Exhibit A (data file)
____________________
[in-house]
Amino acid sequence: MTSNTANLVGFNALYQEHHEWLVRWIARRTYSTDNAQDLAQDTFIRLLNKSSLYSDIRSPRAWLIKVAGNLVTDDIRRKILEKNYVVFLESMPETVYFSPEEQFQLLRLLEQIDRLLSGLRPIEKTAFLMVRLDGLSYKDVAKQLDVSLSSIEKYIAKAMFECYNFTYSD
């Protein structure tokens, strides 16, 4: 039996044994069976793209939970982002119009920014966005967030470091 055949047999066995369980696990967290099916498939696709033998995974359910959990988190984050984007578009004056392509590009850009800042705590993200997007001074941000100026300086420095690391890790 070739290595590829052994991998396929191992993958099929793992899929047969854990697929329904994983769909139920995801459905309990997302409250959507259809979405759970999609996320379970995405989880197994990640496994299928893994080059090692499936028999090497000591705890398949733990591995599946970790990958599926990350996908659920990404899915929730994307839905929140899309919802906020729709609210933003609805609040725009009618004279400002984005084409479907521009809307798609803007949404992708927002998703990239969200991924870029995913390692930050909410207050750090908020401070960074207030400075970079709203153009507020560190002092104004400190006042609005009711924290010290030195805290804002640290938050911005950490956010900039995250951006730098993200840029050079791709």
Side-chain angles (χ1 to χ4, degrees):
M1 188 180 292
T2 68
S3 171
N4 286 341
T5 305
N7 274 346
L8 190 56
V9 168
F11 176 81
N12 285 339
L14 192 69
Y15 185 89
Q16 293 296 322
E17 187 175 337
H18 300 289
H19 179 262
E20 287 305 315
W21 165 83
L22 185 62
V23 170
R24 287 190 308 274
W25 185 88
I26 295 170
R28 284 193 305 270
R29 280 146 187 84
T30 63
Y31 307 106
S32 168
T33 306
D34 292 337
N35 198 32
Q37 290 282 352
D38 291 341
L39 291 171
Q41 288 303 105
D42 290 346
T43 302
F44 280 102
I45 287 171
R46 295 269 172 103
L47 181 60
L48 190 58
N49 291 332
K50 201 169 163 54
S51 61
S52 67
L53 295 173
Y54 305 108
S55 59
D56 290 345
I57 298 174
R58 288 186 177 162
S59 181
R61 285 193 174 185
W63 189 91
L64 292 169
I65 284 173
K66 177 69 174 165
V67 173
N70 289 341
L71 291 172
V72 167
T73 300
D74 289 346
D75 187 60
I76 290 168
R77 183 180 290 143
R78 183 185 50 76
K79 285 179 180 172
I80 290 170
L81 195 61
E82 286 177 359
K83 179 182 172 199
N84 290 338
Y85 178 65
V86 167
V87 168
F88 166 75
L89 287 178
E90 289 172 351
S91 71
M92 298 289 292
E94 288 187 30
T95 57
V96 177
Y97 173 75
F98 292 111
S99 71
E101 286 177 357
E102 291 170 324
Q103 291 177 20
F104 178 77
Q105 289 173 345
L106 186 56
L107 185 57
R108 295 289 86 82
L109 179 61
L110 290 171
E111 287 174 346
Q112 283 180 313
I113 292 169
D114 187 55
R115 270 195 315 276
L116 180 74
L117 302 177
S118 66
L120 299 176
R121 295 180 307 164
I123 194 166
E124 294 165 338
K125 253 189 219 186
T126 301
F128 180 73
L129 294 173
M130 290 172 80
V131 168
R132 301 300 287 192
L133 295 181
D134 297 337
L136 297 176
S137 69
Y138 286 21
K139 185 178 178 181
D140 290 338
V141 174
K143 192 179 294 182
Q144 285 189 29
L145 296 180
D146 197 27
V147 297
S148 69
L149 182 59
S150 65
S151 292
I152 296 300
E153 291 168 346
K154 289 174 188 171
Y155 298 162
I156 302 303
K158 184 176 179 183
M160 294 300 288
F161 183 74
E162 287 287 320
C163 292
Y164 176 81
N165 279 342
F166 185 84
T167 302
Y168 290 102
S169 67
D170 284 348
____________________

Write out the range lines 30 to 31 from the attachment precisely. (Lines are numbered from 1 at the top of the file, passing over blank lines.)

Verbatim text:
T30 63
Y31 307 106